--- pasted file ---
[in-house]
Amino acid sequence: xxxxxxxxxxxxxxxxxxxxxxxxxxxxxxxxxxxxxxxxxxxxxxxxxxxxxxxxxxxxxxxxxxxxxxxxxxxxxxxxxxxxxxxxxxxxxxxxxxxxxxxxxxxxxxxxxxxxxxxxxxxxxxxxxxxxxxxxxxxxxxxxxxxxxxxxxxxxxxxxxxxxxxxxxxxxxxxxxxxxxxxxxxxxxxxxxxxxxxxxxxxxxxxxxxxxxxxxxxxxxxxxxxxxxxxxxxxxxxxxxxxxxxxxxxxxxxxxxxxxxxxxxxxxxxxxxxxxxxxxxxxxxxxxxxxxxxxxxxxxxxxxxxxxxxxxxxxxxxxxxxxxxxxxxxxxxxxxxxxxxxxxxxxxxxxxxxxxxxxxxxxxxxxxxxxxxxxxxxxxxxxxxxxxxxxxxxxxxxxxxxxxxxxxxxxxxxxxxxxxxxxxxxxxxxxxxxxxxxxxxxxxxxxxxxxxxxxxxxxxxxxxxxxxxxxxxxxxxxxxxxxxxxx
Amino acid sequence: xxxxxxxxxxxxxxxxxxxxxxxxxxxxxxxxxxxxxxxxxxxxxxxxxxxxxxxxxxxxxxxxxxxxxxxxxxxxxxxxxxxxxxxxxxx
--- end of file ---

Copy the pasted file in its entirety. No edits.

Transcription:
[in-house]
Amino acid sequence: xxxxxxxxxxxxxxxxxxxxxxxxxxxxxxxxxxxxxxxxxxxxxxxxxxxxxxxxxxxxxxxxxxxxxxxxxxxxxxxxxxxxxxxxxxxxxxxxxxxxxxxxxxxxxxxxxxxxxxxxxxxxxxxxxxxxxxxxxxxxxxxxxxxxxxxxxxxxxxxxxxxxxxxxxxxxxxxxxxxxxxxxxxxxxxxxxxxxxxxxxxxxxxxxxxxxxxxxxxxxxxxxxxxxxxxxxxxxxxxxxxxxxxxxxxxxxxxxxxxxxxxxxxxxxxxxxxxxxxxxxxxxxxxxxxxxxxxxxxxxxxxxxxxxxxxxxxxxxxxxxxxxxxxxxxxxxxxxxxxxxxxxxxxxxxxxxxxxxxxxxxxxxxxxxxxxxxxxxxxxxxxxxxxxxxxxxxxxxxxxxxxxxxxxxxxxxxxxxxxxxxxxxxxxxxxxxxxxxxxxxxxxxxxxxxxxxxxxxxxxxxxxxxxxxxxxxxxxxxxxxxxxxxx
Amino acid sequence: xxxxxxxxxxxxxxxxxxxxxxxxxxxxxxxxxxxxxxxxxxxxxxxxxxxxxxxxxxxxxxxxxxxxxxxxxxxxxxxxxxxxxxxxxxx